My name is Mahbouba Seraj. I am 74 years old. I am an activist and women’s rights defender and I live in Afghanistan. A historian by education, for the last 12 months I chose to stay in Afghanistan to witness what was happening to my country and its people and to work for a better Afghanistan—one that belongs to all of us.
On 15 August 2021, I was in Afghanistan, in my office. I witnessed everything from the minute it happened. The first nights and days were especially horrible. Afghanistan was turning into chaos—people were running everywhere; offices were closing. It was all happening in front of my eyes: in 24 hours a democracy we worked for for 20 years crumbled. The first thought I had in mind was what is going to happen to the women of Afghanistan? What were we going to do? 15 August was the day the women of Afghanistan started to become non-human, the day when we knew there was no place for women’s rights anywhere anymore.
I was forced once in my life to leave my country, in 1978. I was young, I had a lot of energy and I wanted to stay in Afghanistan; but because of the forces that came to power I had to leave. This time, it was different—now, I am an Afghan American citizen. I felt it was not time to leave Afghanistan, to leave my sisters, to leave everyone I loved and cared about. I knew they had nothing else. I thought my presence would give them strength—that is why I decided to stay; I decided not to be a refugee again.
In my life, I have also always wanted to be a witness—a lot of Afghanistan’s history happened in front of my eyes. I am 74 years old; I’ve seen beauty and disasters, achievements and destruction, and everything in between. I wanted to stay and remind everyone that, like everything else in history, this too shall pass.
The lives of Afghan women have changed 180 degrees. As I saw the democracy that we worked so hard for over the last 20 years disappear, it was also the work that we did as Afghan women for our country disappearing at the same time. The women of Afghanistan went from existence—from being part of society, from working, from being part of every aspect of life as doctors, judges, nurses, engineers, women running offices—to nothing. Everything they had, even the most basic right to go to high school, was taken away from them. That to me is an indication that they do not want us to exist. Our brothers are not helping us; we are left alone and what is happening is that we are becoming extinct.
Afghan women are some of the most resourceful and strong women in the world: their resilience is unbreakable. But there has been a lot of work done, and every time we need to start over and over again from zero—and this is what is absolutely killing us. But we have to do what we have to do, and we are going to do it. Simply because they do not want us to exist does not mean that we will stop, because we do exist, and we are here. We are going to do anything in our power. And we have the world standing by us—the world has not given up on us. We are receiving help: UN Women is supporting me to run a center in Kabul, for example. The Afghan women diaspora is helping; our women friends all around the world are helping.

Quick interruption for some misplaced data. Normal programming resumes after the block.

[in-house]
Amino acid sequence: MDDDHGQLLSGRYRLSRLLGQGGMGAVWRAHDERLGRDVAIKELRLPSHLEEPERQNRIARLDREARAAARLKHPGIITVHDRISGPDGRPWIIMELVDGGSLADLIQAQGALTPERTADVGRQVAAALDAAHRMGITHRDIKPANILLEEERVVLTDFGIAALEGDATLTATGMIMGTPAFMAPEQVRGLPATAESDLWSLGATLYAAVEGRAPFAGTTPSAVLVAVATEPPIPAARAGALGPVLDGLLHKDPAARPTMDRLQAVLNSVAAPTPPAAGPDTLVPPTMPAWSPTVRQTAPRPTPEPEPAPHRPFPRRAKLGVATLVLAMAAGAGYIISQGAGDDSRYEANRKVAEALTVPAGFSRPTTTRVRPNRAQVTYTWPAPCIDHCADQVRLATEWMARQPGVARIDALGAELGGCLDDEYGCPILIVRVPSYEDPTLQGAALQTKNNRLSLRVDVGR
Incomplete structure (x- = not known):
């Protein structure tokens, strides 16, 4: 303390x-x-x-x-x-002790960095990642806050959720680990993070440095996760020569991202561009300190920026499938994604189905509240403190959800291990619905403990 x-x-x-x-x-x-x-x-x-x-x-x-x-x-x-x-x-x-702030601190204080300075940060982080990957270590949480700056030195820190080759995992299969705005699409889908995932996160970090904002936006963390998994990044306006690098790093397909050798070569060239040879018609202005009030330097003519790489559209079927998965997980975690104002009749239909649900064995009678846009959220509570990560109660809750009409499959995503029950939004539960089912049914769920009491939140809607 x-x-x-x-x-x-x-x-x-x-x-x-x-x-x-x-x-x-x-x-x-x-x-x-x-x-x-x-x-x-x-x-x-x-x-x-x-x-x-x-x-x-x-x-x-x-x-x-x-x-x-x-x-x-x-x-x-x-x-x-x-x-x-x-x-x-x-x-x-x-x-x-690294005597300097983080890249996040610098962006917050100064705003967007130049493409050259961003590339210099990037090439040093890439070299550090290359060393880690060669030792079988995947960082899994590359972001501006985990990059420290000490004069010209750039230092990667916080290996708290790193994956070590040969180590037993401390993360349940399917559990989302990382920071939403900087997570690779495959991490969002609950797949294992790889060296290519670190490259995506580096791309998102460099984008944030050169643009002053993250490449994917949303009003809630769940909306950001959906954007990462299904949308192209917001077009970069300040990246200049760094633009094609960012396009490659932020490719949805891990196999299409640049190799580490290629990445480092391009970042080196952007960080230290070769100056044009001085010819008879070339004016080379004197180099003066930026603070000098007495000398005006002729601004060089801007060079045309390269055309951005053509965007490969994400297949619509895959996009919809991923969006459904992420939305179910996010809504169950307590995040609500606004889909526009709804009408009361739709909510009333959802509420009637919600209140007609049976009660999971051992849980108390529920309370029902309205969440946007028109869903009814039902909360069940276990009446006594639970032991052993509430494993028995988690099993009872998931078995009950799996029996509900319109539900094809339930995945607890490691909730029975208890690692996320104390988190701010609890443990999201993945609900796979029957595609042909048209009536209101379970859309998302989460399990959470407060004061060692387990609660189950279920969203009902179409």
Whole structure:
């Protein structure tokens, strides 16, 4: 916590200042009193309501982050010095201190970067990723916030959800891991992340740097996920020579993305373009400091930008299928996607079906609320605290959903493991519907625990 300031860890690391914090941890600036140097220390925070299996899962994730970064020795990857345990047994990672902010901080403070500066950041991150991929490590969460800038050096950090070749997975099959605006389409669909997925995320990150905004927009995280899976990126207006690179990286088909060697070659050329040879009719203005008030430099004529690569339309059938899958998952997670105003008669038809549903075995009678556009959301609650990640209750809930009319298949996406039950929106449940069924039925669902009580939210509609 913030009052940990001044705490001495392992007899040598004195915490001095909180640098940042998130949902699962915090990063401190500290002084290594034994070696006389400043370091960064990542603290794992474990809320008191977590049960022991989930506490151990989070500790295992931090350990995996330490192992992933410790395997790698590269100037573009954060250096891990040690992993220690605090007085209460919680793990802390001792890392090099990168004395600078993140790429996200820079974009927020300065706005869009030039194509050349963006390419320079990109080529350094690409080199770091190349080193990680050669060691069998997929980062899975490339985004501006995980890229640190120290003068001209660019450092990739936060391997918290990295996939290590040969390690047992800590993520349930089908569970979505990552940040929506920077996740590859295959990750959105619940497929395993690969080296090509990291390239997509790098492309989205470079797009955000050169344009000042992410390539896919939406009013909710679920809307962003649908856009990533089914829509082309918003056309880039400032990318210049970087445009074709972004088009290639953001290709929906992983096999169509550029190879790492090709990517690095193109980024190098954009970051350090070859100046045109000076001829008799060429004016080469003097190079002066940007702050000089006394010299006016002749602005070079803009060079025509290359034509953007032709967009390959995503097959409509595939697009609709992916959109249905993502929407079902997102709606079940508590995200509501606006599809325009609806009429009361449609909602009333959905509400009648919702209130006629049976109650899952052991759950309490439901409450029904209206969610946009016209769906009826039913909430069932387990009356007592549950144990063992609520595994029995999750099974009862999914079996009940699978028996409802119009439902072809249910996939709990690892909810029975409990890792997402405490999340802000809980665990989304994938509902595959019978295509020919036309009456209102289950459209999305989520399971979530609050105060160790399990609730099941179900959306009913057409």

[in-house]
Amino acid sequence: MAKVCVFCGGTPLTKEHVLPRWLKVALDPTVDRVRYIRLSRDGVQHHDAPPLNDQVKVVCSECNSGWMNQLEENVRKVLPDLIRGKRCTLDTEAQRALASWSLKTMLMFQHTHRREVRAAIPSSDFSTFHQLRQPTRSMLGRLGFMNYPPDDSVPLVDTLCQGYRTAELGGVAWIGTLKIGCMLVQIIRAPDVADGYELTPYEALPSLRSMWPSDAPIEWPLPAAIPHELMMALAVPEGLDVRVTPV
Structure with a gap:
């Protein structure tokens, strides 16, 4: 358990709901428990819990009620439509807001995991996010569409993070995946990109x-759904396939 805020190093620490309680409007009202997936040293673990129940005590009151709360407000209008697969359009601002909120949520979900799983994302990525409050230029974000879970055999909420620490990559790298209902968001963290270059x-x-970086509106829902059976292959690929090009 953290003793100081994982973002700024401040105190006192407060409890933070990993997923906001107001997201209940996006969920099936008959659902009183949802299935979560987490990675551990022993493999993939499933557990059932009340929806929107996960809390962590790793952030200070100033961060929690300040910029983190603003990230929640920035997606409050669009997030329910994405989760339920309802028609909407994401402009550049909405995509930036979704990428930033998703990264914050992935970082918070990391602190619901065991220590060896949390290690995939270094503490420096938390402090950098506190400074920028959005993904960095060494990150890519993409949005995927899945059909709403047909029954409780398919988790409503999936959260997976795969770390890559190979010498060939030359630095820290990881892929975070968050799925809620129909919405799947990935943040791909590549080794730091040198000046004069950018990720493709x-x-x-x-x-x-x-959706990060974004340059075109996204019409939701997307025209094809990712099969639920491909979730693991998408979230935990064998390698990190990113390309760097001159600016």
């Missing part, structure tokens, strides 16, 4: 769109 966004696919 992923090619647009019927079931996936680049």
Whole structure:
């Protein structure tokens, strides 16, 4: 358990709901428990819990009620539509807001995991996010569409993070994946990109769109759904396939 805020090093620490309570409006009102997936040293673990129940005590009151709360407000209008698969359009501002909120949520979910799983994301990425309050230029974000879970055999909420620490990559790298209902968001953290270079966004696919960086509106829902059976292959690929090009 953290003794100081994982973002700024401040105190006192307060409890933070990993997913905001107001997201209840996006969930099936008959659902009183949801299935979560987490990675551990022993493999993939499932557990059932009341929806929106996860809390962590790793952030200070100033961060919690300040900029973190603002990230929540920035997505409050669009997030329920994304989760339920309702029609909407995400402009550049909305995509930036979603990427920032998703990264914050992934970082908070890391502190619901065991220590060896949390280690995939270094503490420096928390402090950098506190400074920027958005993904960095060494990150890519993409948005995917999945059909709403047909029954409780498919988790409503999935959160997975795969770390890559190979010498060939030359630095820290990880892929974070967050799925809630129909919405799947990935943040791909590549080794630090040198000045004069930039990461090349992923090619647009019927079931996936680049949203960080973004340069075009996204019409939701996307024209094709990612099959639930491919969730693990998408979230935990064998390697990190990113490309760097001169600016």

There is one point that I want to make very clear: what is happening to the women of Afghanistan can happen anywhere. Roe v. Wade destroyed years of progress, taking away the rights of women over their own bodies. Women’s rights being taken away from them is happening everywhere and if we are not careful, it will happen to all the women of the world.
Every single woman in Afghanistan is doing something extraordinary—just by staying alive, just feeding their family and by keeping their hope up that maybe, one day, things will be okay for them. I am impressed by every single Afghan woman: the ones who are inside the country, and the ones who are outside the country with their hearts broken, who are also crying day and night as their work, as everything they’ve built, and everything we’ve fought for, is dismantled day by day.
The world must look at us as the women of Afghanistan, not as just second-class citizens somewhere. We are the women of a country to which a lot of wrong has been done. The world knows us. For the last 20 years, we have proven to the world who we are. Help us stand up again. The ones of us that are standing up in Afghanistan, help us stand up in Afghanistan. The ones of us who cannot live in Afghanistan anymore, help us get out so we can stand up outside our country. The world should not think they are giving us crumbs— stand up behind us, next to us, and see what we can do.
We are the hope, we are the power keeping Afghanistan together. Let’s do it, but let’s do it now with all the soul, the heart and the head it takes. The world should give us the respect that we really deserve. We are stretching our hands out and we ask you to help us.
There were times when the world has gone into dark and bad places, when we thought that the sun would never rise again. But nothing lasts forever—this the philosophy I believe in with all my heart. I am hopeful; I have to be. I have a lot of hope for a better Afghanistan, an Afghanistan which belongs to its people, to all of us.
I will not be here anymore one day, but my hope for the world is that young brave women around the world will tell my story and they will raise generations and generations of women that speak up, like I did, for centuries to come.
UN Women is on the ground in Afghanistan, supporting Afghan women and girls every day. Our in-country strategy pivots around investing in women—from scaling up support for women survivors of violence in provinces where we have never been before to supporting women humanitarian workers in the delivery of essential services and providing seed capital to women-led businesses. Central to our work remains the goal of rebuilding the Afghan women’s movement.
Originally published on UN Women